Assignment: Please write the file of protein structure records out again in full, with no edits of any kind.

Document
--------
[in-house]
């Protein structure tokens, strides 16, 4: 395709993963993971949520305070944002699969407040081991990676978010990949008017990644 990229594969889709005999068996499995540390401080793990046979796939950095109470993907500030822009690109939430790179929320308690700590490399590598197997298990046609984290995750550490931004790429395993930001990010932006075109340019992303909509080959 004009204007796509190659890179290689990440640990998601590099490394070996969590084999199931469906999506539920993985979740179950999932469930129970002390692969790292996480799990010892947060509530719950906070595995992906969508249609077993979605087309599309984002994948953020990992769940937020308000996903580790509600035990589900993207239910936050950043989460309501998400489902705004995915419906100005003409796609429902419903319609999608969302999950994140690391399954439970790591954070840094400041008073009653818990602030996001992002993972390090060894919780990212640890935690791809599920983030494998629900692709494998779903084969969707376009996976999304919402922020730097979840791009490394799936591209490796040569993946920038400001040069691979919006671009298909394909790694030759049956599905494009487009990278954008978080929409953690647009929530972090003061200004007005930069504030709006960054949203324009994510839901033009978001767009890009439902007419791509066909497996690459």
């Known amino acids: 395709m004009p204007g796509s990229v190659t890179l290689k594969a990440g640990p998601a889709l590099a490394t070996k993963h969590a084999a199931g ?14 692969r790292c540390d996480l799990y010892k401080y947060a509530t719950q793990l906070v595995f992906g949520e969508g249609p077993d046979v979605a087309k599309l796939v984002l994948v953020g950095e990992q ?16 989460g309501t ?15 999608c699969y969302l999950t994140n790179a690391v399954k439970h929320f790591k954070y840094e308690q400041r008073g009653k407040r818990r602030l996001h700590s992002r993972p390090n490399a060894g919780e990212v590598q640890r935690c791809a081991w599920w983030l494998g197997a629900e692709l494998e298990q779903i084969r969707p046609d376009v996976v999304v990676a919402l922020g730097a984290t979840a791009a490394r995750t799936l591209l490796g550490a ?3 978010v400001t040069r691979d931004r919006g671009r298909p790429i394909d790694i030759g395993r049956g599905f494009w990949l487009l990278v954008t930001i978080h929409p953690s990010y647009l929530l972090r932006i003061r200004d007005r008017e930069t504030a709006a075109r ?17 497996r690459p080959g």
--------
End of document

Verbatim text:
[in-house]
């Protein structure tokens, strides 16, 4: 395709993963993971949520305070944002699969407040081991990676978010990949008017990644 990229594969889709005999068996499995540390401080793990046979796939950095109470993907500030822009690109939430790179929320308690700590490399590598197997298990046609984290995750550490931004790429395993930001990010932006075109340019992303909509080959 004009204007796509190659890179290689990440640990998601590099490394070996969590084999199931469906999506539920993985979740179950999932469930129970002390692969790292996480799990010892947060509530719950906070595995992906969508249609077993979605087309599309984002994948953020990992769940937020308000996903580790509600035990589900993207239910936050950043989460309501998400489902705004995915419906100005003409796609429902419903319609999608969302999950994140690391399954439970790591954070840094400041008073009653818990602030996001992002993972390090060894919780990212640890935690791809599920983030494998629900692709494998779903084969969707376009996976999304919402922020730097979840791009490394799936591209490796040569993946920038400001040069691979919006671009298909394909790694030759049956599905494009487009990278954008978080929409953690647009929530972090003061200004007005930069504030709006960054949203324009994510839901033009978001767009890009439902007419791509066909497996690459």
């Known amino acids: 395709m004009p204007g796509s990229v190659t890179l290689k594969a990440g640990p998601a889709l590099a490394t070996k993963h969590a084999a199931g ?14 692969r790292c540390d996480l799990y010892k401080y947060a509530t719950q793990l906070v595995f992906g949520e969508g249609p077993d046979v979605a087309k599309l796939v984002l994948v953020g950095e990992q ?16 989460g309501t ?15 999608c699969y969302l999950t994140n790179a690391v399954k439970h929320f790591k954070y840094e308690q400041r008073g009653k407040r818990r602030l996001h700590s992002r993972p390090n490399a060894g919780e990212v590598q640890r935690c791809a081991w599920w983030l494998g197997a629900e692709l494998e298990q779903i084969r969707p046609d376009v996976v999304v990676a919402l922020g730097a984290t979840a791009a490394r995750t799936l591209l490796g550490a ?3 978010v400001t040069r691979d931004r919006g671009r298909p790429i394909d790694i030759g395993r049956g599905f494009w990949l487009l990278v954008t930001i978080h929409p953690s990010y647009l929530l972090r932006i003061r200004d007005r008017e930069t504030a709006a075109r ?17 497996r690459p080959g």